Discussion in 'Ethics and Philosophy' started by c6h6o3, Jun 5, 2012.
Just what we need. More lawyers determining what is and isn't art.
Is this a discussion on art per se or is it really a discussion on property rights.
One of the reasons intellectual property rights disputes are so prevalent now is because corporations producing movie, music and computer programs have entered into the mix.
And corporations have the resources to sue and love to do so because so much money is at stake.
This doesn't really have a lot to do with traditionally what was called art, although obviously derivative/additive art these days have created issues.
I guess somebody has to arbitrate this stuff so the courts is where it ends up.
I just thought it raised a lot of interesting issues.
Is this about art or photography? "Oh no he didn't!"
'Can an artist disown a piece long ago sold?' This is a question I'm asking myself as I consider selling my first images. Will these prints have a bearing on my future credibility, if I eventually produce half decent work?
Curiously, lawyers have a history of decisions on art and even the art of photography.
Whether photography is art may not ultimately be settled to universal satisfaction of every redneck or art aficionado but it has been decided in a court of law; and a very long time ago too.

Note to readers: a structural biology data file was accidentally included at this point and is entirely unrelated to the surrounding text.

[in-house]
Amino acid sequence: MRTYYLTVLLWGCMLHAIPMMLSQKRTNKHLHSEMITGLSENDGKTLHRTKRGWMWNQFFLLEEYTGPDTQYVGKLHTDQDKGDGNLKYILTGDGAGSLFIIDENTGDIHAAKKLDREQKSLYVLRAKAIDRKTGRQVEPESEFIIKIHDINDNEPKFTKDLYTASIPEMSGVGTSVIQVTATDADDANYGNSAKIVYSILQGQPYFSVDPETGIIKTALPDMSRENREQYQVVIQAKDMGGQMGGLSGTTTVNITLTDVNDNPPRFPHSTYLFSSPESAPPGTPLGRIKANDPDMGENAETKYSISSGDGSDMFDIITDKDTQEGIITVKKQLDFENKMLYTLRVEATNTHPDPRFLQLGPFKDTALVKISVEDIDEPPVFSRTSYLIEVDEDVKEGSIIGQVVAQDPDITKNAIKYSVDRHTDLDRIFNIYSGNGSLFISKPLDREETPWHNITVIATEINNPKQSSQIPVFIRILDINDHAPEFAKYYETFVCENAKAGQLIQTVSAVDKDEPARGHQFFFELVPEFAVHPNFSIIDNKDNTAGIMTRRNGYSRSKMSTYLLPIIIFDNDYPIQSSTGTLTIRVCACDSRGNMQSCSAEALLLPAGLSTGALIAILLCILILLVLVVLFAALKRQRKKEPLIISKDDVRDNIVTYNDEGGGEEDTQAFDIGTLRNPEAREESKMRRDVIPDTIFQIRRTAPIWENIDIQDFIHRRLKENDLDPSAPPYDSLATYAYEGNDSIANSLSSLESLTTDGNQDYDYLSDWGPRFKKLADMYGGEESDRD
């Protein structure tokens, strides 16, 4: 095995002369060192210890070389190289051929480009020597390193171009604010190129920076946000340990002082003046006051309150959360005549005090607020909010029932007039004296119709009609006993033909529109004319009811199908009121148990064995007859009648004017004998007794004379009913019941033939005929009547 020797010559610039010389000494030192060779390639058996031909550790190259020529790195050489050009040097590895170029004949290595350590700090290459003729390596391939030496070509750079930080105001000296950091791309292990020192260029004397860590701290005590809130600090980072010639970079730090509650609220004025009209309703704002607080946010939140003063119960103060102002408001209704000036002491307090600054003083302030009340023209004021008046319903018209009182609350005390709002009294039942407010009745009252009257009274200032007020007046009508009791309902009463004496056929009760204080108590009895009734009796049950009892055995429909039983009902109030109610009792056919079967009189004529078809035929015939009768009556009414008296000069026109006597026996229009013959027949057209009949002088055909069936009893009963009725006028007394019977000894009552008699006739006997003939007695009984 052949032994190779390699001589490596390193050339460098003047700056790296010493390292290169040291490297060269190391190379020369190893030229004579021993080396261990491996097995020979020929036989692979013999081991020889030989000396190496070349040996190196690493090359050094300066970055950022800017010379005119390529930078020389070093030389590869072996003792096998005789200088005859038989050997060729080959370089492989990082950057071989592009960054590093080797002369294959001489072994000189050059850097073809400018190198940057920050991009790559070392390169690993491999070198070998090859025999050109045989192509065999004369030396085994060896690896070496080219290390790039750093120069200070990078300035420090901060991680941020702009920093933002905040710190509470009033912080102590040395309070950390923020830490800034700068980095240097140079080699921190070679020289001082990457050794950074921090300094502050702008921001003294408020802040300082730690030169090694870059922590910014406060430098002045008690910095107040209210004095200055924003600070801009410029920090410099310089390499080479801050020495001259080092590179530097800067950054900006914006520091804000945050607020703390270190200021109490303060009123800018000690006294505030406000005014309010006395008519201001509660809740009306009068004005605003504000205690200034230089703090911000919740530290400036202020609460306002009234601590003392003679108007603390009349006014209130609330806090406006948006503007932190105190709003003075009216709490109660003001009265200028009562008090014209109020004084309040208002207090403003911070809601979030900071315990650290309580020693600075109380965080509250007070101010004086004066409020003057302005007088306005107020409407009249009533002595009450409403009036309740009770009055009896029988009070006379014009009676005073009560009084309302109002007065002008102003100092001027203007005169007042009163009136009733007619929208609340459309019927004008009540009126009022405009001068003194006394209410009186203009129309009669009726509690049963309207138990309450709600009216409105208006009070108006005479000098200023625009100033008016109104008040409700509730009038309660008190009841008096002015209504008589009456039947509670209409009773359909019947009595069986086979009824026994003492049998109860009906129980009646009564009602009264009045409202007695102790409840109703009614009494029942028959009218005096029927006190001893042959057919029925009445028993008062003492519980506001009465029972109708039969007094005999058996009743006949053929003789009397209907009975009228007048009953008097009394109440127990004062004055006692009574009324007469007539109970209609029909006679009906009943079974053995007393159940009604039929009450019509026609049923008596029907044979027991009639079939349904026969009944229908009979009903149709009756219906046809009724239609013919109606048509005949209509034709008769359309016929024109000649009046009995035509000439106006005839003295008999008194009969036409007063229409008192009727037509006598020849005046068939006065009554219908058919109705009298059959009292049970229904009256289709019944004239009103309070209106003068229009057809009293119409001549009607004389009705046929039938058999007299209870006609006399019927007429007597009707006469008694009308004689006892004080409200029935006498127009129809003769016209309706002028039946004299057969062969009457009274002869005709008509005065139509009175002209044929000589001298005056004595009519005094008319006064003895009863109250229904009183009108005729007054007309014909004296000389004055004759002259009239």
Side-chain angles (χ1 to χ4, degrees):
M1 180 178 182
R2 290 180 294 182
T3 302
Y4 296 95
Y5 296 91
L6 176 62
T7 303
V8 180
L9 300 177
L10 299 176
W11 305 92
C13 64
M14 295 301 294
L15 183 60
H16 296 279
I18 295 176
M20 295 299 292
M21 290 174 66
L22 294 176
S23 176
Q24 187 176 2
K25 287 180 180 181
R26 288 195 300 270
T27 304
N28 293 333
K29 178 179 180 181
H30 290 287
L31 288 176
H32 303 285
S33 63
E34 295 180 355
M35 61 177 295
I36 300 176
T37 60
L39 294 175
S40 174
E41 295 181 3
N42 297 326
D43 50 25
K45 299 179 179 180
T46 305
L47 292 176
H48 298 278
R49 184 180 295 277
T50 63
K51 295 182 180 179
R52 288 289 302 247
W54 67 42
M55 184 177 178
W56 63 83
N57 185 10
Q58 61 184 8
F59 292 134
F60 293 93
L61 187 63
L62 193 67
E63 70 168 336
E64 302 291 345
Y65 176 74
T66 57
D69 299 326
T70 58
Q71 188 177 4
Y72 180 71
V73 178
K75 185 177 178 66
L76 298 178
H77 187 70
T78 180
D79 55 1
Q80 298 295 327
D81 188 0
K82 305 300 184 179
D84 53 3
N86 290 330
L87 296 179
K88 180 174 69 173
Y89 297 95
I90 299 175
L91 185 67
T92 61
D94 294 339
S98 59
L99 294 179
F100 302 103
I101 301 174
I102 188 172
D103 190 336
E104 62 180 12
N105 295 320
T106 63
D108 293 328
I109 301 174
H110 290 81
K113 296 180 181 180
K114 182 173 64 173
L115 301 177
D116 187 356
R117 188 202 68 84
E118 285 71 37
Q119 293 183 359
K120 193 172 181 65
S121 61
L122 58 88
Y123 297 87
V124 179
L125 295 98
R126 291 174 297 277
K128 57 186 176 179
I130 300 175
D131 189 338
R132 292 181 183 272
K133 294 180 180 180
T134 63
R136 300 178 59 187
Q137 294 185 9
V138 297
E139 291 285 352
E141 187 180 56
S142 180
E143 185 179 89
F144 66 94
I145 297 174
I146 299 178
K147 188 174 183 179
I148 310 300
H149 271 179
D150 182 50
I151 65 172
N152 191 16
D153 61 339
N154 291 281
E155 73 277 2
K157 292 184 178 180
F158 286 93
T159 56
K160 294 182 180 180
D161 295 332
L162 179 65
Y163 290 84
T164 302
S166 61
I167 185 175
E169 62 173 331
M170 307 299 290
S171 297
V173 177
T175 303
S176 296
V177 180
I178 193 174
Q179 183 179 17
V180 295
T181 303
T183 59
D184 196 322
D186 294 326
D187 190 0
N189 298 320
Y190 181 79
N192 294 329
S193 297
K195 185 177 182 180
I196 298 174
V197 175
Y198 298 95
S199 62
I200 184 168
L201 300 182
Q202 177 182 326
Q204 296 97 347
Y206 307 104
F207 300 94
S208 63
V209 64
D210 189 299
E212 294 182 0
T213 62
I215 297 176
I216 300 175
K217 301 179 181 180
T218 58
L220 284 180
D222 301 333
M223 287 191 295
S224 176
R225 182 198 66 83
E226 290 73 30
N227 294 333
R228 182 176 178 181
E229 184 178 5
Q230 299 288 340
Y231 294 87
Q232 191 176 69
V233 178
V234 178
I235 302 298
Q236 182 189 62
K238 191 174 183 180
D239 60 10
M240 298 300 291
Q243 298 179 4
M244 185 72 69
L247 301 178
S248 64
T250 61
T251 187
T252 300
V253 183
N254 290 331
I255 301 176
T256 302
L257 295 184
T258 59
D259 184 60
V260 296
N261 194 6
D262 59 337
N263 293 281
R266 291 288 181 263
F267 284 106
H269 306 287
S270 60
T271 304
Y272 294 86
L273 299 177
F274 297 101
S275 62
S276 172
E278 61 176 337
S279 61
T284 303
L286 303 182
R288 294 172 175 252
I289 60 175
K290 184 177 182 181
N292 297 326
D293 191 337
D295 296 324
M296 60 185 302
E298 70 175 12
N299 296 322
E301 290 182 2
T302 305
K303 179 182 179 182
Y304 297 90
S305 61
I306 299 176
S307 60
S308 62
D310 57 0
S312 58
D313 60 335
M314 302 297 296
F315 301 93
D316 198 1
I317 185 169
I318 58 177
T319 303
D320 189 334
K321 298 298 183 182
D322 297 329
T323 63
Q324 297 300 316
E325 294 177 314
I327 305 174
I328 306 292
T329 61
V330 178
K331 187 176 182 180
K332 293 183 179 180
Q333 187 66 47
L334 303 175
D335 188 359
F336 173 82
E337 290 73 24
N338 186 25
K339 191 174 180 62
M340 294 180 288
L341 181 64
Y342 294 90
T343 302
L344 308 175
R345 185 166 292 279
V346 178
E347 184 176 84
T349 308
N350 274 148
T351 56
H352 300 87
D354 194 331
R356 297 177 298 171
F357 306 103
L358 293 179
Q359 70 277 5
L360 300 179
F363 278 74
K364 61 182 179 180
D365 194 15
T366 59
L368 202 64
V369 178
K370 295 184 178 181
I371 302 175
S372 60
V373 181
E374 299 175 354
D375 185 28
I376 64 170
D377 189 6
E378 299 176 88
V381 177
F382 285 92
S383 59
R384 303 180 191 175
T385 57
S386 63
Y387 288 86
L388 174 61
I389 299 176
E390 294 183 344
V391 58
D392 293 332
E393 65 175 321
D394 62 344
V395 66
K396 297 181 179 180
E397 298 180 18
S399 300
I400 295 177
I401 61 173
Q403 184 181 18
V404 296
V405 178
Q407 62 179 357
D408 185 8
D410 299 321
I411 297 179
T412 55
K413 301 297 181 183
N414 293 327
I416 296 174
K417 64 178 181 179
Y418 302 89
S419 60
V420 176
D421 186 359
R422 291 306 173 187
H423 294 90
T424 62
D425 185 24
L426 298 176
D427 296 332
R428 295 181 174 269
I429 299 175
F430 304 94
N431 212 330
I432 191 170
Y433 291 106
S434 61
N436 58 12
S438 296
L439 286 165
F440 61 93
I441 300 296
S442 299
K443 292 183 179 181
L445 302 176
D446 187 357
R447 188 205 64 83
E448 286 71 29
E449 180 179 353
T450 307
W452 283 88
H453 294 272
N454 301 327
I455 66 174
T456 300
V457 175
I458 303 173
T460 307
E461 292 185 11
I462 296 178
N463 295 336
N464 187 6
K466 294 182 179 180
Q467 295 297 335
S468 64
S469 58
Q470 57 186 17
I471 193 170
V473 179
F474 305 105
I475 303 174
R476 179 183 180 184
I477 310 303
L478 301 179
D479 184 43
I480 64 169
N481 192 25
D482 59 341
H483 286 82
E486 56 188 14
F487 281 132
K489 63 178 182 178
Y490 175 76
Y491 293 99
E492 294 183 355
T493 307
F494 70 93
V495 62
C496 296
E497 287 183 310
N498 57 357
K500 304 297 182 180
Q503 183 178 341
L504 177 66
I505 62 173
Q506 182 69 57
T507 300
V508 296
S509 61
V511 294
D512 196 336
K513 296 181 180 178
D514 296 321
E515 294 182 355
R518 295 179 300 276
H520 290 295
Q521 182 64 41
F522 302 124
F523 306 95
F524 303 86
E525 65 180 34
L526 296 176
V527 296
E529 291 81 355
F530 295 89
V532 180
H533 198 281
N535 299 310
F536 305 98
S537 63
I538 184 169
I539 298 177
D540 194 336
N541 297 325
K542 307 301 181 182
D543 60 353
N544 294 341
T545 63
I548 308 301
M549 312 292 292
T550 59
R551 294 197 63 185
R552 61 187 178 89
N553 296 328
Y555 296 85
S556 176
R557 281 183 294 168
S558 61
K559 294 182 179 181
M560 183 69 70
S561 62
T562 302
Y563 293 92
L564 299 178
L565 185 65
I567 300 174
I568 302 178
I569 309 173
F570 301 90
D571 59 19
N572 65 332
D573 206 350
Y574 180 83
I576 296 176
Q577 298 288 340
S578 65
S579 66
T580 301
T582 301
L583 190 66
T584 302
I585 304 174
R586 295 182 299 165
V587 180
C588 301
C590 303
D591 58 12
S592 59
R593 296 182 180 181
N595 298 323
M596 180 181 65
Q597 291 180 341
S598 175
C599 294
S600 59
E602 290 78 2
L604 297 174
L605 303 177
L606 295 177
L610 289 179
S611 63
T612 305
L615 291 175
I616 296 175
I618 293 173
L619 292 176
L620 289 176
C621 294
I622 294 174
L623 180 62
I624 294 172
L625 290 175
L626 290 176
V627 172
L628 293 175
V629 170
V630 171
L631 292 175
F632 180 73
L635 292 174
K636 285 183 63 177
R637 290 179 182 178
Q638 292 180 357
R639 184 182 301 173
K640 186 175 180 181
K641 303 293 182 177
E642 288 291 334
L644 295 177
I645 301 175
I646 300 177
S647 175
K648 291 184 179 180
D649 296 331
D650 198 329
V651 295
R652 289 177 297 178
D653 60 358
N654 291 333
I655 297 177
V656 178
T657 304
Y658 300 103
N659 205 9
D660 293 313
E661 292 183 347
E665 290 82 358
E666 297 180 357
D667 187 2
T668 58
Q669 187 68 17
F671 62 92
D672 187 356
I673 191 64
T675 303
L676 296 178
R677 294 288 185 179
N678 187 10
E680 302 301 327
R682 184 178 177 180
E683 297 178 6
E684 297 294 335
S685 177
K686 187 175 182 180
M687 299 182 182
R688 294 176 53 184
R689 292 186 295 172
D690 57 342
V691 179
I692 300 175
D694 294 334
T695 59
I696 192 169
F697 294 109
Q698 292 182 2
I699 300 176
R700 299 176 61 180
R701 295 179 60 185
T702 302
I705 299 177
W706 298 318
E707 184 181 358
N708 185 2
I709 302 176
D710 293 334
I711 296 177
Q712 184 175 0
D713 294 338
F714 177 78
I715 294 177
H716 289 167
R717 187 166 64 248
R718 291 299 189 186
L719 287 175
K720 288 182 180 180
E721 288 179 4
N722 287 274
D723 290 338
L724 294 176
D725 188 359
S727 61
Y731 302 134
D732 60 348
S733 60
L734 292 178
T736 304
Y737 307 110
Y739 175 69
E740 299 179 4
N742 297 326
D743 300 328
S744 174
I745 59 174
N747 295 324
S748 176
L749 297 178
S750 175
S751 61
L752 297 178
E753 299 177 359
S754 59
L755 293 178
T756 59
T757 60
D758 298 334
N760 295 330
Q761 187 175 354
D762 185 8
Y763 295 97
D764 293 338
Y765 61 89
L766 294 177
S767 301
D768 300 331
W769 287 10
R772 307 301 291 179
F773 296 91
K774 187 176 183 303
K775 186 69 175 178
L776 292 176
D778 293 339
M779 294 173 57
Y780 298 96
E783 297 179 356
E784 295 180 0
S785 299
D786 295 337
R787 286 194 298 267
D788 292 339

1861 in France saw photographers Mayer and Pierson bring a copyright action against the photographic duo of Betbeder and Schwabbe. The ruckus was over pirated pictures of Lord Palmerston. Mayer and Pierson claimed copyright protection under the French copyright laws of 1793 and 1810. The catch was that those laws protected only works of art so the court's decision hinged on whether photography was art.
Mayer and Pierson lost! Photography apparently was not art according to the judgement of 9 January 1862.
Mayer and Pierson appealed the decision on 10 April 1862. Their lawyer, a Monsieur M.Marie, gave an eloquent defence of the art of photography using many of the ideas often raised in
threads on APUG. The court reversed its previous decision and declared on 4 July 1862 that photography was art.
The battle was not over. Later in 1862 a group of famous painters including Ingres petitioned against the decision. The arguments they used bear a striking resemblance to the anti-art-photography sentiments occasionally echoed in APUG too.
Finally on 28 November 1862 the French court threw out the painters' petition and photography has enjoyed secure status as art ever since; at least in France it has.
An unexpected outcome was that photography was admitted to the prestigious French Salon of Arts along with all the famous traditional paintings and sculptures. On the other hand the Impressionist painters, Monet, Sisley, Pissarro, et al were definitely too outre to be let in the door!
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